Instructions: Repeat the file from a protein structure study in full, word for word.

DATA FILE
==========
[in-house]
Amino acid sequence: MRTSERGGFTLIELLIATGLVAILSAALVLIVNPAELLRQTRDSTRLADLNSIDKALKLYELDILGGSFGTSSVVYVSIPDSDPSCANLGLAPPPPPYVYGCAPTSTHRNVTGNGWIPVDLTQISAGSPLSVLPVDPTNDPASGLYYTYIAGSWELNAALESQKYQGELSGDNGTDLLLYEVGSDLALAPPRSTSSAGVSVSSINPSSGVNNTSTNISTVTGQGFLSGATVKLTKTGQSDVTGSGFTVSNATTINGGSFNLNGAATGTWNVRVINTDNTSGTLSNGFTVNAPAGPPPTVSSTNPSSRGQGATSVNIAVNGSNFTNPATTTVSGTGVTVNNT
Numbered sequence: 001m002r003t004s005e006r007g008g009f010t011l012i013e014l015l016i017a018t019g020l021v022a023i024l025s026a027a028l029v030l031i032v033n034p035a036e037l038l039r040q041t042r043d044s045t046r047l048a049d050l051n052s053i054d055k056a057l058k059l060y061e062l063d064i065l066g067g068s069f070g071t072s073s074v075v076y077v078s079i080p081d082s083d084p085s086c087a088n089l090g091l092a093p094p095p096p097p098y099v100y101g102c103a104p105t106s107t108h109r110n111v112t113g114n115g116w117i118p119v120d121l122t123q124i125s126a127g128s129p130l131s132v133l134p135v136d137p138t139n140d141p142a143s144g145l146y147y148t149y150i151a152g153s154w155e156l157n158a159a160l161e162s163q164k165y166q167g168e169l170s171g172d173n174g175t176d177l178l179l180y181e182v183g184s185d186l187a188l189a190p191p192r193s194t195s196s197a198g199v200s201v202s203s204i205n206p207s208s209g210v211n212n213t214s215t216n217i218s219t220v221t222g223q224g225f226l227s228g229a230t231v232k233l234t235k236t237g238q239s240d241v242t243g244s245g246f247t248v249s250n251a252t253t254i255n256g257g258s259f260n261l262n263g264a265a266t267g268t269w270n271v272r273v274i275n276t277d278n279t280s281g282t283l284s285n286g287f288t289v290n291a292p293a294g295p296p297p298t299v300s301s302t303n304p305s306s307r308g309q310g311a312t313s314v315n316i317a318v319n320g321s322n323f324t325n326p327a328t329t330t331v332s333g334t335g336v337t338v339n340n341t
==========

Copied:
[in-house]
Amino acid sequence: MRTSERGGFTLIELLIATGLVAILSAALVLIVNPAELLRQTRDSTRLADLNSIDKALKLYELDILGGSFGTSSVVYVSIPDSDPSCANLGLAPPPPPYVYGCAPTSTHRNVTGNGWIPVDLTQISAGSPLSVLPVDPTNDPASGLYYTYIAGSWELNAALESQKYQGELSGDNGTDLLLYEVGSDLALAPPRSTSSAGVSVSSINPSSGVNNTSTNISTVTGQGFLSGATVKLTKTGQSDVTGSGFTVSNATTINGGSFNLNGAATGTWNVRVINTDNTSGTLSNGFTVNAPAGPPPTVSSTNPSSRGQGATSVNIAVNGSNFTNPATTTVSGTGVTVNNT
Numbered sequence: 001m002r003t004s005e006r007g008g009f010t011l012i013e014l015l016i017a018t019g020l021v022a023i024l025s026a027a028l029v030l031i032v033n034p035a036e037l038l039r040q041t042r043d044s045t046r047l048a049d050l051n052s053i054d055k056a057l058k059l060y061e062l063d064i065l066g067g068s069f070g071t072s073s074v075v076y077v078s079i080p081d082s083d084p085s086c087a088n089l090g091l092a093p094p095p096p097p098y099v100y101g102c103a104p105t106s107t108h109r110n111v112t113g114n115g116w117i118p119v120d121l122t123q124i125s126a127g128s129p130l131s132v133l134p135v136d137p138t139n140d141p142a143s144g145l146y147y148t149y150i151a152g153s154w155e156l157n158a159a160l161e162s163q164k165y166q167g168e169l170s171g172d173n174g175t176d177l178l179l180y181e182v183g184s185d186l187a188l189a190p191p192r193s194t195s196s197a198g199v200s201v202s203s204i205n206p207s208s209g210v211n212n213t214s215t216n217i218s219t220v221t222g223q224g225f226l227s228g229a230t231v232k233l234t235k236t237g238q239s240d241v242t243g244s245g246f247t248v249s250n251a252t253t254i255n256g257g258s259f260n261l262n263g264a265a266t267g268t269w270n271v272r273v274i275n276t277d278n279t280s281g282t283l284s285n286g287f288t289v290n291a292p293a294g295p296p297p298t299v300s301s302t303n304p305s306s307r308g309q310g311a312t313s314v315n316i317a318v319n320g321s322n323f324t325n326p327a328t329t330t331v332s333g334t335g336v337t338v339n340n341t